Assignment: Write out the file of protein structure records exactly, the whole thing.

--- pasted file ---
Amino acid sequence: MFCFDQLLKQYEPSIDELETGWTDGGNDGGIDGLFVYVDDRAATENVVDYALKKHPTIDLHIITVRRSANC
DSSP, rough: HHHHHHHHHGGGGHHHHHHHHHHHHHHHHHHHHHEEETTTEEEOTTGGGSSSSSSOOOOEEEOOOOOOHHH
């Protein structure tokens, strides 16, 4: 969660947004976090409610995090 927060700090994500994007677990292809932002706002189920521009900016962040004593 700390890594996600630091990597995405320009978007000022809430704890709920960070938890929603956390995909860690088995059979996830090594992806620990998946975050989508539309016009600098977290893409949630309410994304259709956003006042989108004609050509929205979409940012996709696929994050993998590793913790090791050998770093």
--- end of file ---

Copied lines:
Amino acid sequence: MFCFDQLLKQYEPSIDELETGWTDGGNDGGIDGLFVYVDDRAATENVVDYALKKHPTIDLHIITVRRSANC
DSSP, rough: HHHHHHHHHGGGGHHHHHHHHHHHHHHHHHHHHHEEETTTEEEOTTGGGSSSSSSOOOOEEEOOOOOOHHH
């Protein structure tokens, strides 16, 4: 969660947004976090409610995090 927060700090994500994007677990292809932002706002189920521009900016962040004593 700390890594996600630091990597995405320009978007000022809430704890709920960070938890929603956390995909860690088995059979996830090594992806620990998946975050989508539309016009600098977290893409949630309410994304259709956003006042989108004609050509929205979409940012996709696929994050993998590793913790090791050998770093």